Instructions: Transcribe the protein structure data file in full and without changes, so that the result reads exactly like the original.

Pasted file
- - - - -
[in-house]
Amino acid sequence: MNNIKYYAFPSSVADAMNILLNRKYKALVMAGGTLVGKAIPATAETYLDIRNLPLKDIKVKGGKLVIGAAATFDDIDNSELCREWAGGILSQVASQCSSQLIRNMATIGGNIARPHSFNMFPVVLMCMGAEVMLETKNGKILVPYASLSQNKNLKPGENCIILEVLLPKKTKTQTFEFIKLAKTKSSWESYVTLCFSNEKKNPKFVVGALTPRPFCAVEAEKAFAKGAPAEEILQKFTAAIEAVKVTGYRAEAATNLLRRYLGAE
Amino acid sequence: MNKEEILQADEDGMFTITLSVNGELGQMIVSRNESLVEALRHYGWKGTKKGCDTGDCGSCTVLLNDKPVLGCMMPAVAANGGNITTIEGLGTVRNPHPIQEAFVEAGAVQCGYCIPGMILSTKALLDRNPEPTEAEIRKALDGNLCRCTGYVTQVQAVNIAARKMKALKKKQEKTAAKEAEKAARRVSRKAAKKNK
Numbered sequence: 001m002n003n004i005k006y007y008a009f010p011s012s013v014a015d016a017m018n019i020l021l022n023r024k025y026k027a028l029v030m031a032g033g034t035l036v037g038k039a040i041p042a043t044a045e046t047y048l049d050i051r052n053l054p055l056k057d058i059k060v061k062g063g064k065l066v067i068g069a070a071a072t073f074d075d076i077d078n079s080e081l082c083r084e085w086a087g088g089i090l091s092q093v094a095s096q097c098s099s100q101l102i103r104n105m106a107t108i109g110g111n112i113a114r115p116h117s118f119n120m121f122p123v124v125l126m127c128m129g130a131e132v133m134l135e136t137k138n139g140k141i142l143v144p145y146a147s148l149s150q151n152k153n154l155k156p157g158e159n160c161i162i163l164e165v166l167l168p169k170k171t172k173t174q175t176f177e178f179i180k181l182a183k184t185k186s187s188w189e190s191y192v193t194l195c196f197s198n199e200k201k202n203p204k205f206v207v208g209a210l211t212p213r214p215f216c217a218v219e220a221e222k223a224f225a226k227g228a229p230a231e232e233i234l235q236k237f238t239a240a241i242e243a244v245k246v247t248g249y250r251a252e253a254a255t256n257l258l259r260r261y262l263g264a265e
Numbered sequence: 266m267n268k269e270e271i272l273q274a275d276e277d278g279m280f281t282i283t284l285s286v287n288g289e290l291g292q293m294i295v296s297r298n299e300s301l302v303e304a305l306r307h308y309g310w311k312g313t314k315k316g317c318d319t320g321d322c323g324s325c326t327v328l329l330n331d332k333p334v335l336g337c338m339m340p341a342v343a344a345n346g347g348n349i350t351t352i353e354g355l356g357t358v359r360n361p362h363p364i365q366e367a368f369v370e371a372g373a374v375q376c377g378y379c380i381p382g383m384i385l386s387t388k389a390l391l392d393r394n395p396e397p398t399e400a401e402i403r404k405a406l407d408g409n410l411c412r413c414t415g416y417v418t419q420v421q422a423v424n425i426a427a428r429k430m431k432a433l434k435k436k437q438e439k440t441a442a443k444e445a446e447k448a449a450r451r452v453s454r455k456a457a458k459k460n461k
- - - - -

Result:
[in-house]
Amino acid sequence: MNNIKYYAFPSSVADAMNILLNRKYKALVMAGGTLVGKAIPATAETYLDIRNLPLKDIKVKGGKLVIGAAATFDDIDNSELCREWAGGILSQVASQCSSQLIRNMATIGGNIARPHSFNMFPVVLMCMGAEVMLETKNGKILVPYASLSQNKNLKPGENCIILEVLLPKKTKTQTFEFIKLAKTKSSWESYVTLCFSNEKKNPKFVVGALTPRPFCAVEAEKAFAKGAPAEEILQKFTAAIEAVKVTGYRAEAATNLLRRYLGAE
Amino acid sequence: MNKEEILQADEDGMFTITLSVNGELGQMIVSRNESLVEALRHYGWKGTKKGCDTGDCGSCTVLLNDKPVLGCMMPAVAANGGNITTIEGLGTVRNPHPIQEAFVEAGAVQCGYCIPGMILSTKALLDRNPEPTEAEIRKALDGNLCRCTGYVTQVQAVNIAARKMKALKKKQEKTAAKEAEKAARRVSRKAAKKNK
Numbered sequence: 001m002n003n004i005k006y007y008a009f010p011s012s013v014a015d016a017m018n019i020l021l022n023r024k025y026k027a028l029v030m031a032g033g034t035l036v037g038k039a040i041p042a043t044a045e046t047y048l049d050i051r052n053l054p055l056k057d058i059k060v061k062g063g064k065l066v067i068g069a070a071a072t073f074d075d076i077d078n079s080e081l082c083r084e085w086a087g088g089i090l091s092q093v094a095s096q097c098s099s100q101l102i103r104n105m106a107t108i109g110g111n112i113a114r115p116h117s118f119n120m121f122p123v124v125l126m127c128m129g130a131e132v133m134l135e136t137k138n139g140k141i142l143v144p145y146a147s148l149s150q151n152k153n154l155k156p157g158e159n160c161i162i163l164e165v166l167l168p169k170k171t172k173t174q175t176f177e178f179i180k181l182a183k184t185k186s187s188w189e190s191y192v193t194l195c196f197s198n199e200k201k202n203p204k205f206v207v208g209a210l211t212p213r214p215f216c217a218v219e220a221e222k223a224f225a226k227g228a229p230a231e232e233i234l235q236k237f238t239a240a241i242e243a244v245k246v247t248g249y250r251a252e253a254a255t256n257l258l259r260r261y262l263g264a265e
Numbered sequence: 266m267n268k269e270e271i272l273q274a275d276e277d278g279m280f281t282i283t284l285s286v287n288g289e290l291g292q293m294i295v296s297r298n299e300s301l302v303e304a305l306r307h308y309g310w311k312g313t314k315k316g317c318d319t320g321d322c323g324s325c326t327v328l329l330n331d332k333p334v335l336g337c338m339m340p341a342v343a344a345n346g347g348n349i350t351t352i353e354g355l356g357t358v359r360n361p362h363p364i365q366e367a368f369v370e371a372g373a374v375q376c377g378y379c380i381p382g383m384i385l386s387t388k389a390l391l392d393r394n395p396e397p398t399e400a401e402i403r404k405a406l407d408g409n410l411c412r413c414t415g416y417v418t419q420v421q422a423v424n425i426a427a428r429k430m431k432a433l434k435k436k437q438e439k440t441a442a443k444e445a446e447k448a449a450r451r452v453s454r455k456a457a458k459k460n461k